Detecting and Protecting Against Deepfakes
Detecting deepfake becomes increasingly challenging as technology advances. Several methods are needed – sometimes in conjunction – to be able to detect a convincing deepfake. These include visual inspection that focuses on anomalies, metadata analysis to examine clues about authenticity, forensic analysis for pattern and audio examination, and machine learning that uses algorithms trained on real and fake video datasets to classify new videos.
However, identifying deepfakes requires sophisticated technology that many organisations may not have access to. This heightens the need for robust cybersecurity measures. Deepfakes have seen an increase in convincing and successful phishing – and spear phishing – attacks and cyber leaders need to double down on cyber practices.
Defences can no longer depend on spotting these attacks. It requires a multi-pronged approach which combines cyber technologies, incidence response, and user education.
Preventing access to users. By employing anti-spoofing measures organisations can safeguard their email addresses from exploitation by fraudulent actors. Simultaneously, minimising access to readily available information, particularly on websites and social media, reduces the chance of spear-phishing attempts. This includes educating employees about the implications of sharing personal information and clear digital footprint policies. Implementing email filtering mechanisms, whether at the server or device level, helps intercept suspicious emails; and the filtering rules need to be constantly evaluated using techniques such as IP filtering and attachment analysis.
Employee awareness and reporting. There are many ways that organisations can increase awareness in employees starting from regular training sessions to attack simulations. The usefulness of these sessions is often questioned as sometimes they are merely aimed at ticking off a compliance box. Security leaders should aim to make it easier for employees to recognise these attacks by familiarising them with standard processes and implementing verification measures for important email requests. This should be strengthened by a culture of reporting without any individual blame.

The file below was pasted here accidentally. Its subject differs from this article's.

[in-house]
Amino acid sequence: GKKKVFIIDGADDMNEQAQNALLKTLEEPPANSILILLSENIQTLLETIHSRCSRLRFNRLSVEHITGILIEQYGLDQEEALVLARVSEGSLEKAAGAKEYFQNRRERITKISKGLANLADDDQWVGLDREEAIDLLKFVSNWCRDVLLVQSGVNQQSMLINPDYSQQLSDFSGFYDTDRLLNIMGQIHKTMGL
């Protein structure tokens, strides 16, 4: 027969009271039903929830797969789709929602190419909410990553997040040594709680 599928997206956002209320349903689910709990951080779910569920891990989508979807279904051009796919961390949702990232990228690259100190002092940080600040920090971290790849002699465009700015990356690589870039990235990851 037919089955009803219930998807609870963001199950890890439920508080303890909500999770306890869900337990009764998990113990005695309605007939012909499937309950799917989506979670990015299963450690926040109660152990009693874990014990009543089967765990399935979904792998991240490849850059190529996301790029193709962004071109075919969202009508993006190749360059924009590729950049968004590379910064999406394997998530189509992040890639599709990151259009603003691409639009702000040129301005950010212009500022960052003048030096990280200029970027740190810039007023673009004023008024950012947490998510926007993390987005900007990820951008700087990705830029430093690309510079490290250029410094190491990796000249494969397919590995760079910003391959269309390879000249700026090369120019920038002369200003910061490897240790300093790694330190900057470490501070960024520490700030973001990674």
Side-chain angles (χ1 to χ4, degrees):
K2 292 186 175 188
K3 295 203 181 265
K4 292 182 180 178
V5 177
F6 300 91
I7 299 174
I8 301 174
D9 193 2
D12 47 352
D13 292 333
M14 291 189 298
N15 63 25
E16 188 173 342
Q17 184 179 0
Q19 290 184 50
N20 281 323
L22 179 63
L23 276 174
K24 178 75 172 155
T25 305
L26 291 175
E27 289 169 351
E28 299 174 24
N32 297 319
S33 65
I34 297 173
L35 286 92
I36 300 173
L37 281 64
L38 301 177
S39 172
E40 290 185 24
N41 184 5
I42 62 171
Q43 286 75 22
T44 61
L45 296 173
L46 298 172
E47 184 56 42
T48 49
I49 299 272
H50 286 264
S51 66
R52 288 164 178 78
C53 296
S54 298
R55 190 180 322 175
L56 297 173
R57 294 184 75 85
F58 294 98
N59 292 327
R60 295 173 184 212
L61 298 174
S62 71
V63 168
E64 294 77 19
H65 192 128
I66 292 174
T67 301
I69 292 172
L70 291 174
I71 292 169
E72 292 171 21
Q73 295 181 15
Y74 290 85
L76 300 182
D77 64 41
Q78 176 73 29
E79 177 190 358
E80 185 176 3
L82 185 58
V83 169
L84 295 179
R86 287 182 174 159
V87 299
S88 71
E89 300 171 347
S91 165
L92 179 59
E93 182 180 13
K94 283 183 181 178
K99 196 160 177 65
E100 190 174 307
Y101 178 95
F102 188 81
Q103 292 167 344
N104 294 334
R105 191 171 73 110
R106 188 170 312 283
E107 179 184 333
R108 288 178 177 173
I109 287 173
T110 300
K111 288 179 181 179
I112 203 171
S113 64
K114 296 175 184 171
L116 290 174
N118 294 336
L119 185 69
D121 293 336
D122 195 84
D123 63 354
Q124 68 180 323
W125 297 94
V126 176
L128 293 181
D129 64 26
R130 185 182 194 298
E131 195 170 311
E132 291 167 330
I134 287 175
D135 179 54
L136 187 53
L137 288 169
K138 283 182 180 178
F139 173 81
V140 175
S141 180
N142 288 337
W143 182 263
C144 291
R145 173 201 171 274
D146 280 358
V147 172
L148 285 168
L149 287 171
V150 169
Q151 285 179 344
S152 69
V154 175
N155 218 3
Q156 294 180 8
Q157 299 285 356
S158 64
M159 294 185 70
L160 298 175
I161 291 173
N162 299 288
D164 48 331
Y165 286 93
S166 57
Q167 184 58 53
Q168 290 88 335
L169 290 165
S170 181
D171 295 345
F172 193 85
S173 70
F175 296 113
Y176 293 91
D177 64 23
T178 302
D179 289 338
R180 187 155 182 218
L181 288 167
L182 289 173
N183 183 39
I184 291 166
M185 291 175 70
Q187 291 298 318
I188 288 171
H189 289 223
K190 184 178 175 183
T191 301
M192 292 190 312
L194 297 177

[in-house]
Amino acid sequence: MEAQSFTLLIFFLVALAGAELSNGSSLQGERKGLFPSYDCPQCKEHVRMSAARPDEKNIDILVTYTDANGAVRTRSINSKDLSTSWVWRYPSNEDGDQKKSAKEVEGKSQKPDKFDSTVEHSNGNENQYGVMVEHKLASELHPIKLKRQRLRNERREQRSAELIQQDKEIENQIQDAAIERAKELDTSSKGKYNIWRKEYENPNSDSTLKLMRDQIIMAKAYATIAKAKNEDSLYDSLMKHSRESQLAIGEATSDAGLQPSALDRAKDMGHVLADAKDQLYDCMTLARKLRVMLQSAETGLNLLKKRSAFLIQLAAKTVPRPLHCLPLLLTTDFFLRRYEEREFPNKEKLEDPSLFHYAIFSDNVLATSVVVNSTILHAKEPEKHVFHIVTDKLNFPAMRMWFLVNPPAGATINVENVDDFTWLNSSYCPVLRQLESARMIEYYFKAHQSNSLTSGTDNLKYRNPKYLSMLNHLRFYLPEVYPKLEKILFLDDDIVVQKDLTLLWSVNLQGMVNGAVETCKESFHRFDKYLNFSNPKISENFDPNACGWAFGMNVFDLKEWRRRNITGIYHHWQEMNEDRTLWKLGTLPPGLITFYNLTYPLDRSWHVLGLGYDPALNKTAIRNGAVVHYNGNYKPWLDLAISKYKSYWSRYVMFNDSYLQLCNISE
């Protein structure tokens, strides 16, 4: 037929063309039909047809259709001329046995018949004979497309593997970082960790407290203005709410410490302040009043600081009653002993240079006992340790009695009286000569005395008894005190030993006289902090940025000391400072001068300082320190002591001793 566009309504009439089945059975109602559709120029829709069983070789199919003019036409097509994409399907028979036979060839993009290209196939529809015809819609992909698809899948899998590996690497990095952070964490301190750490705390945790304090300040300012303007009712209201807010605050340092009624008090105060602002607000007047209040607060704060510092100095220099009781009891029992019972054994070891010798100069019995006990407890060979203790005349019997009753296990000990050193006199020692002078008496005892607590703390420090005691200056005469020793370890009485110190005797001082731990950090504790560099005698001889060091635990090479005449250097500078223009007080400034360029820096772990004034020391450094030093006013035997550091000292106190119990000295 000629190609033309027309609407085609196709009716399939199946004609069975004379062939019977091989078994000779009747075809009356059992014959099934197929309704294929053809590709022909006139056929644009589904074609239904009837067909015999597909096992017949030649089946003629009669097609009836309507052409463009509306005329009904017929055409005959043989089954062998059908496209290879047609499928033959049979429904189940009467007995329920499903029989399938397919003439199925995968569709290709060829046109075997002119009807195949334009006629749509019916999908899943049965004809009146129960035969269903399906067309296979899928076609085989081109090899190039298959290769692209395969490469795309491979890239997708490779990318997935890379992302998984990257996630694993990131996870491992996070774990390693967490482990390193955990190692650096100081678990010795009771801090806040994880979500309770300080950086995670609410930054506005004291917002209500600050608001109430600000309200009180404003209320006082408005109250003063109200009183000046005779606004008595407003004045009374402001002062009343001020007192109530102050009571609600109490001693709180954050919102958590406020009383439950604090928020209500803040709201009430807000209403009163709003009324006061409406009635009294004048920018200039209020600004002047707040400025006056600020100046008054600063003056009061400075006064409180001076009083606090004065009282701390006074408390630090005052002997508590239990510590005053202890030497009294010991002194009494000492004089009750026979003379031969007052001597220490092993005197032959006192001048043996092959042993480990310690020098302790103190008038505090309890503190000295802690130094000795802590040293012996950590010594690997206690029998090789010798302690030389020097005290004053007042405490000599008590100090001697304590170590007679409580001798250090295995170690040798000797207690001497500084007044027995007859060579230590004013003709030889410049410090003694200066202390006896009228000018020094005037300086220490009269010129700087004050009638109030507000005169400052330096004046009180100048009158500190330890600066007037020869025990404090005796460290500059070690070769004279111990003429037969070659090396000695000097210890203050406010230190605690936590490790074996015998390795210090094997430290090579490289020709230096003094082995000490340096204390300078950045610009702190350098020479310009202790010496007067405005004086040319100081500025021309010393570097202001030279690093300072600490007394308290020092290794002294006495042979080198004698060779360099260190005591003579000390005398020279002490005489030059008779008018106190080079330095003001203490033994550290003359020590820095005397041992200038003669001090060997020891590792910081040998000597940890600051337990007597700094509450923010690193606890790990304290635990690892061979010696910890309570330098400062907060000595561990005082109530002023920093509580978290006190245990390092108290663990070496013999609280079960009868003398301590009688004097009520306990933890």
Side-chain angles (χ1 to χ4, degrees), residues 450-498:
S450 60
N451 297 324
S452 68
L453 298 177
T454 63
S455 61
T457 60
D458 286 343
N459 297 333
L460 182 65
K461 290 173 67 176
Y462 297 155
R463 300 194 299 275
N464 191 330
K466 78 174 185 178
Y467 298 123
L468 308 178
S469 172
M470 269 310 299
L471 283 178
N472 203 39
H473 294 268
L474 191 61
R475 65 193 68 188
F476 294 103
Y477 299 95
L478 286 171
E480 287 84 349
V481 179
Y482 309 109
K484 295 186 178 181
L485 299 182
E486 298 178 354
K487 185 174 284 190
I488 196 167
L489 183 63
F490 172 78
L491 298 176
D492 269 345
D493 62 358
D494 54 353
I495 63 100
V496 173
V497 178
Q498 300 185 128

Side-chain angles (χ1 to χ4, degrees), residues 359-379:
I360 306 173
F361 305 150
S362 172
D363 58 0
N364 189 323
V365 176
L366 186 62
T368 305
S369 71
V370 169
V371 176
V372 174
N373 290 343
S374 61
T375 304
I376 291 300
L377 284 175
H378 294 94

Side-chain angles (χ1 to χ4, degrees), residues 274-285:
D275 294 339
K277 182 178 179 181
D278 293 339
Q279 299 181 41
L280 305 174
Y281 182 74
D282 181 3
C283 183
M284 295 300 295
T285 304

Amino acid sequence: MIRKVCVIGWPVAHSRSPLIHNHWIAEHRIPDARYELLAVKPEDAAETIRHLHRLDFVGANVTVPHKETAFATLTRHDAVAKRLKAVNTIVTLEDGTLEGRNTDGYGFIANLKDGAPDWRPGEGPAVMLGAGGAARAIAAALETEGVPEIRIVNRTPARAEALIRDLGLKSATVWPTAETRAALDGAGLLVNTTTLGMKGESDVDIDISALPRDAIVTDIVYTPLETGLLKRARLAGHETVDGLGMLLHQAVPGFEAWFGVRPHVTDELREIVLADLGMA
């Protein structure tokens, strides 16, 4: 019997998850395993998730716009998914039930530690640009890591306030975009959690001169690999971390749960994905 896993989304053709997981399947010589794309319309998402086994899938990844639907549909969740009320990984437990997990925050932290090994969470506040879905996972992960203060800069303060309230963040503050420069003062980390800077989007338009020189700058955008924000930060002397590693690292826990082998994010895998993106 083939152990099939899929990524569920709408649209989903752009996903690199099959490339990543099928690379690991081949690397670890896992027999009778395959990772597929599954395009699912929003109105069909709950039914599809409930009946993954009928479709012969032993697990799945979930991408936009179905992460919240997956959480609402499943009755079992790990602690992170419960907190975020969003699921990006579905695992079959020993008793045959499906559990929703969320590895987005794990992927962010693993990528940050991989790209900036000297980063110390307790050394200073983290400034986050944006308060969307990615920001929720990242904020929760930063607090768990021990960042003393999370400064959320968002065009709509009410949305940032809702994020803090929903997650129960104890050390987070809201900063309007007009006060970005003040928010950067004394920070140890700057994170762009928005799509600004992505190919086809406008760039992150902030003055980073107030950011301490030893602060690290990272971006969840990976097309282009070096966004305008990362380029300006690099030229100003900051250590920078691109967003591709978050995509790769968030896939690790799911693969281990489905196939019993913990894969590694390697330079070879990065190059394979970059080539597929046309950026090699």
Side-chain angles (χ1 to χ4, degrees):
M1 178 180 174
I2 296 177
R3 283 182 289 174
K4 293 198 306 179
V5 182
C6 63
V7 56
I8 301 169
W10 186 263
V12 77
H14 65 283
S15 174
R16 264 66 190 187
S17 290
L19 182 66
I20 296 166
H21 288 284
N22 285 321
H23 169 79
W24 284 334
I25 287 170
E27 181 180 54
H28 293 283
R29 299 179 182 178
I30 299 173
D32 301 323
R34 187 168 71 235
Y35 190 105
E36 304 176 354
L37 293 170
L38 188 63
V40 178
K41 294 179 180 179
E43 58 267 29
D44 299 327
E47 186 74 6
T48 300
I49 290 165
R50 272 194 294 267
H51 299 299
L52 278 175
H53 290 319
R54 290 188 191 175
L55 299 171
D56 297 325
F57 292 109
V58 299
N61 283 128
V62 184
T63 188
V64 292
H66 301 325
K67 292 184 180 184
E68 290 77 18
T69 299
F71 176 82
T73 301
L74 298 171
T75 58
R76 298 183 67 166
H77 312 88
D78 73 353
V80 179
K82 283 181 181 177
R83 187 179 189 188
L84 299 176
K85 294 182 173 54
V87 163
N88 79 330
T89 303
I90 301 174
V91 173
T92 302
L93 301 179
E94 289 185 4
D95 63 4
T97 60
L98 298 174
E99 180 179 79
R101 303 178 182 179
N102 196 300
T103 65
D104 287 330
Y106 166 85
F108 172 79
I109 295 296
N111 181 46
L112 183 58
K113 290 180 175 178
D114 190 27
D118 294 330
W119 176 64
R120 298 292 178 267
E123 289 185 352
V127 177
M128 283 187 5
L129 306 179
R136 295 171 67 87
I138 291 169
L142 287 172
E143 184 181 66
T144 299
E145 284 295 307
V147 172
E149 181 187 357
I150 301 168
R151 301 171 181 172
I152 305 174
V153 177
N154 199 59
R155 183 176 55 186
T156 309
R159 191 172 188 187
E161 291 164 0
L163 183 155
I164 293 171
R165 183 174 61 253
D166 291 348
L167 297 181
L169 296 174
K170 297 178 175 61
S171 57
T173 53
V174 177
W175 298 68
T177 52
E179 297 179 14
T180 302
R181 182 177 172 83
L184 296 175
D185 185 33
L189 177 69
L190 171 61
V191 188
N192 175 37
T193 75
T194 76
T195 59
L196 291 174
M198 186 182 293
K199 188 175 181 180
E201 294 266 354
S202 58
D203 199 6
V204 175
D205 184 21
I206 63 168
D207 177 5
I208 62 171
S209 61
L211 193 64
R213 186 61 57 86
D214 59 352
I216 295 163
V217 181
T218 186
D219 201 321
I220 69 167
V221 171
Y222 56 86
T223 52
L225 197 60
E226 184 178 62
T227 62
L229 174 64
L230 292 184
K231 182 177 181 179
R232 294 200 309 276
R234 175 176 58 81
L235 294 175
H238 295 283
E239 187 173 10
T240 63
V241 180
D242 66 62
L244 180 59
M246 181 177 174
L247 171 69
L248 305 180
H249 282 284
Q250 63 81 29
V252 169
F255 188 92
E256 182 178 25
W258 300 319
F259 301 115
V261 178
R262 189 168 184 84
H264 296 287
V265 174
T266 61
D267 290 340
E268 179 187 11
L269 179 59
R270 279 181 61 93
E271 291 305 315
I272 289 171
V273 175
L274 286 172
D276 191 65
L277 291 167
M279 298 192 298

Securing against malware. Malware is often distributed through these attacks, making it crucial to ensure devices are well-configured and equipped with effective endpoint defences to prevent malware installation, even if users inadvertently click on suspicious links. Specific defences may include disabling macros and limiting administrator privileges to prevent accidental malware installation. Strengthening authentication and authorisation processes is also important, with measures such as multi-factor authentication, password managers, and alternative authentication methods like biometrics or smart cards. Zero trust and least privilege policies help protect organisation data and assets.
Detection and Response. A robust security logging system is crucial, either through off-the shelf monitoring tools, managed services, or dedicated teams for monitoring. What is more important is that the monitoring capabilities are regularly updated. Additionally, having a well-defined incident response can swiftly mitigate post-incident harm post-incident. This requires clear procedures for various incident types and designated personnel for executing them, such as initiating password resets or removing malware. Organisations should ensure that users are informed about reporting procedures, considering potential communication challenges in the event of device compromise.
The rise of deepfakes has brought forward the need for a collaborative approach. Policymakers, technology companies, and the public must work together to address the challenges posed by deepfakes. This collaboration is crucial for making better detection technologies, establishing stronger laws, and raising awareness on media literacy.